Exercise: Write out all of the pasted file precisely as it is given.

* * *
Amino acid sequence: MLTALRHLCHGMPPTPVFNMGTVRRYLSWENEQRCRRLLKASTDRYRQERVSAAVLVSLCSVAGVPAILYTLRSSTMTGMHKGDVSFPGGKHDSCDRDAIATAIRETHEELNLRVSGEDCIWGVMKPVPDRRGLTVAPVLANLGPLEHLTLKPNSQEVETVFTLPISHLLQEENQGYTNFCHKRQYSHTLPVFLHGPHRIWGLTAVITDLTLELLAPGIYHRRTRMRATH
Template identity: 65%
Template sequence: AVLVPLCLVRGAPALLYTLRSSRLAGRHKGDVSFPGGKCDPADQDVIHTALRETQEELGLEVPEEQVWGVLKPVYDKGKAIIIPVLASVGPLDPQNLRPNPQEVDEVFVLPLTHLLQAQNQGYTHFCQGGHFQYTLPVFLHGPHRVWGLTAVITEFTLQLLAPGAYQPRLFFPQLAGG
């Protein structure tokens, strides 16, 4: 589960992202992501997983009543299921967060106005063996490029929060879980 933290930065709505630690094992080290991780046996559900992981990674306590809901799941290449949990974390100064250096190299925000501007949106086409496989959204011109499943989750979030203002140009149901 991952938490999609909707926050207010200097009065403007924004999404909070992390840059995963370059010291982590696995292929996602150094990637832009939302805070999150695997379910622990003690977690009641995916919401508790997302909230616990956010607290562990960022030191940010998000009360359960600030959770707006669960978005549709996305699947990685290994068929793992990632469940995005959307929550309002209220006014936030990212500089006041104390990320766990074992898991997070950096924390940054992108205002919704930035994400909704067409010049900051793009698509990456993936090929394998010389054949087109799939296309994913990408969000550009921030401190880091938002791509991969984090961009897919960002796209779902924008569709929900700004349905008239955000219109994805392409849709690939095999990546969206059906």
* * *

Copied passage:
Amino acid sequence: MLTALRHLCHGMPPTPVFNMGTVRRYLSWENEQRCRRLLKASTDRYRQERVSAAVLVSLCSVAGVPAILYTLRSSTMTGMHKGDVSFPGGKHDSCDRDAIATAIRETHEELNLRVSGEDCIWGVMKPVPDRRGLTVAPVLANLGPLEHLTLKPNSQEVETVFTLPISHLLQEENQGYTNFCHKRQYSHTLPVFLHGPHRIWGLTAVITDLTLELLAPGIYHRRTRMRATH
Template identity: 65%
Template sequence: AVLVPLCLVRGAPALLYTLRSSRLAGRHKGDVSFPGGKCDPADQDVIHTALRETQEELGLEVPEEQVWGVLKPVYDKGKAIIIPVLASVGPLDPQNLRPNPQEVDEVFVLPLTHLLQAQNQGYTHFCQGGHFQYTLPVFLHGPHRVWGLTAVITEFTLQLLAPGAYQPRLFFPQLAGG
């Protein structure tokens, strides 16, 4: 589960992202992501997983009543299921967060106005063996490029929060879980 933290930065709505630690094992080290991780046996559900992981990674306590809901799941290449949990974390100064250096190299925000501007949106086409496989959204011109499943989750979030203002140009149901 991952938490999609909707926050207010200097009065403007924004999404909070992390840059995963370059010291982590696995292929996602150094990637832009939302805070999150695997379910622990003690977690009641995916919401508790997302909230616990956010607290562990960022030191940010998000009360359960600030959770707006669960978005549709996305699947990685290994068929793992990632469940995005959307929550309002209220006014936030990212500089006041104390990320766990074992898991997070950096924390940054992108205002919704930035994400909704067409010049900051793009698509990456993936090929394998010389054949087109799939296309994913990408969000550009921030401190880091938002791509991969984090961009897919960002796209779902924008569709929900700004349905008239955000219109994805392409849709690939095999990546969206059906």